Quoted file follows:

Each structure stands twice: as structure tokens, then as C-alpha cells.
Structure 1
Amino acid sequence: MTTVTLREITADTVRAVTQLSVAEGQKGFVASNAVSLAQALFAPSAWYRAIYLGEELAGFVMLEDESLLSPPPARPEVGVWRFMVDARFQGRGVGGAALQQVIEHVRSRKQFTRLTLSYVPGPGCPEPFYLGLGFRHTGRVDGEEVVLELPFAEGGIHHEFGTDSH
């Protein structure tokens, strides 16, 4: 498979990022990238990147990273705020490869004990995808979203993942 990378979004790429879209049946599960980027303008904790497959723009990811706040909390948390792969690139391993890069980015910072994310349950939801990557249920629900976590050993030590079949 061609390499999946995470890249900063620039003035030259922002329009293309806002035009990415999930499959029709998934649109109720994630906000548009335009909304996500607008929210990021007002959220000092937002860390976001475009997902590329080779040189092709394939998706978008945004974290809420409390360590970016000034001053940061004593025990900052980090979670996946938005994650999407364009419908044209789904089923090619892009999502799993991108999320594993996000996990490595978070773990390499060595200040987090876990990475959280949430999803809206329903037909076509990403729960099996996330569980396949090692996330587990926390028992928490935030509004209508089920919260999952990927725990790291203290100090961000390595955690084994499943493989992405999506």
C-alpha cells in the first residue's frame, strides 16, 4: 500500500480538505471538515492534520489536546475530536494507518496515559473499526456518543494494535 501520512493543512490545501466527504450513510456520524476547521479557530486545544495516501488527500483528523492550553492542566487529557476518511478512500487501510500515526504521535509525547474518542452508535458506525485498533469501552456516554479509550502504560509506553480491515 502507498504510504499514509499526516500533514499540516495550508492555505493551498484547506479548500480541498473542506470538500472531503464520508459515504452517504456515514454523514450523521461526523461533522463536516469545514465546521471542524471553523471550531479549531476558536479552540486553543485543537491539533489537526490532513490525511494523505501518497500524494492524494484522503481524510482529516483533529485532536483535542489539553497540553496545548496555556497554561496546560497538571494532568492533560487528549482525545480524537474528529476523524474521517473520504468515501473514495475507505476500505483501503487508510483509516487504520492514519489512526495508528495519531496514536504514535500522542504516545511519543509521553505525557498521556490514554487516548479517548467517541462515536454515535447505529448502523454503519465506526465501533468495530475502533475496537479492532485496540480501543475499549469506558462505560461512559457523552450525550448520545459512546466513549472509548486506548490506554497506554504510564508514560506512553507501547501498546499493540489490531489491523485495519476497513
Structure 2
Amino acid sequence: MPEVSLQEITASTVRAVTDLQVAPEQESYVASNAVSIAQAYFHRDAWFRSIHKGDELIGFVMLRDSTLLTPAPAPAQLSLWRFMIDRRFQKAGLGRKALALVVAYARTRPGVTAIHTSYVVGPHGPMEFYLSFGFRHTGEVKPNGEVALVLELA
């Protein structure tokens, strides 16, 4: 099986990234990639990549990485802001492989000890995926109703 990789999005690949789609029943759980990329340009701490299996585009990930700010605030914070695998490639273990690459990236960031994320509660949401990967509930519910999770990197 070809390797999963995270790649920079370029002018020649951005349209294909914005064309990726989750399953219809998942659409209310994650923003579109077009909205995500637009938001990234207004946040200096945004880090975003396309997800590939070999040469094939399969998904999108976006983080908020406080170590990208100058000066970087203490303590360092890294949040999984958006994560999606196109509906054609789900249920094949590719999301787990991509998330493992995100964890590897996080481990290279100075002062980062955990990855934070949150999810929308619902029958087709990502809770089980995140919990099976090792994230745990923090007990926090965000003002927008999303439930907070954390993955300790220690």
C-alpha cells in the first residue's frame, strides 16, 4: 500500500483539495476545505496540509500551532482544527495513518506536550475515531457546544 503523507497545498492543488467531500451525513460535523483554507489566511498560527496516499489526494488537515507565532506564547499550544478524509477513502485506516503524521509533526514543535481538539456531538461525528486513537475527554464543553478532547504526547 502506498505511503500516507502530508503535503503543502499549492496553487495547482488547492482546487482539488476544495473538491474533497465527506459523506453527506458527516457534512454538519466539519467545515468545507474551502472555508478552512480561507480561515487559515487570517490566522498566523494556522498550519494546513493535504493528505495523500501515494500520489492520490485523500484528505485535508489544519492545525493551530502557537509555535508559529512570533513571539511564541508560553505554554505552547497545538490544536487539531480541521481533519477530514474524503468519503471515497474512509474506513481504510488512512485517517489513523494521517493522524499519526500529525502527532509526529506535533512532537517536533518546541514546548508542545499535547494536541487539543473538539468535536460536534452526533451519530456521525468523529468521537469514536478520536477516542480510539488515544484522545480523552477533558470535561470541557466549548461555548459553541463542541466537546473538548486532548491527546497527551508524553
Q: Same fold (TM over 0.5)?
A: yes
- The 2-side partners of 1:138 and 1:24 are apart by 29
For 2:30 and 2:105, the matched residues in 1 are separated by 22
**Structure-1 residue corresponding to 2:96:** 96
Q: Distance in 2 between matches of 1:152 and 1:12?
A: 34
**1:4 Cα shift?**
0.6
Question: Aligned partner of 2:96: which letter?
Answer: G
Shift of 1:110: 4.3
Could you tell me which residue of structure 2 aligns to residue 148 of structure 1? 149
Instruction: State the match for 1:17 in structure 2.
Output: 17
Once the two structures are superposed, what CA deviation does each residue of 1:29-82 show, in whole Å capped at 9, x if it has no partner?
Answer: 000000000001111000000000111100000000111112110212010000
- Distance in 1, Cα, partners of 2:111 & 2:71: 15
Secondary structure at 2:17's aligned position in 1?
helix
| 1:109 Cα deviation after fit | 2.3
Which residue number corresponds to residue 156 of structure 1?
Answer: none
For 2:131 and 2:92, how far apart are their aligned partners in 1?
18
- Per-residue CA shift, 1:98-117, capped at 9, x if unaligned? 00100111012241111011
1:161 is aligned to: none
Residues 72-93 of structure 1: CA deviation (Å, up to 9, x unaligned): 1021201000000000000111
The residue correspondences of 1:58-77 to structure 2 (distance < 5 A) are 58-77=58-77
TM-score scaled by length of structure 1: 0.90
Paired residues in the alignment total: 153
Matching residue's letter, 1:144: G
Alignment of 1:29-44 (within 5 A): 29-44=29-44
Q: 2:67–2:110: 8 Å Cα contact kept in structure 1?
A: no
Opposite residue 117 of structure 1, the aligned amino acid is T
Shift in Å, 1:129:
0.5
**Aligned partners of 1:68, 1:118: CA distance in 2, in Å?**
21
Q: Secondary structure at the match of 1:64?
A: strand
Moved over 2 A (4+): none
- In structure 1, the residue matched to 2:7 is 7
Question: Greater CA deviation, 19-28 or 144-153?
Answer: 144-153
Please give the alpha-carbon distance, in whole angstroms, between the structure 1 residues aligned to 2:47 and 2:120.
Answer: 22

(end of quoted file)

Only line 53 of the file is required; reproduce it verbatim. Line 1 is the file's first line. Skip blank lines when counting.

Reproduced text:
- In structure 1, the residue matched to 2:7 is 7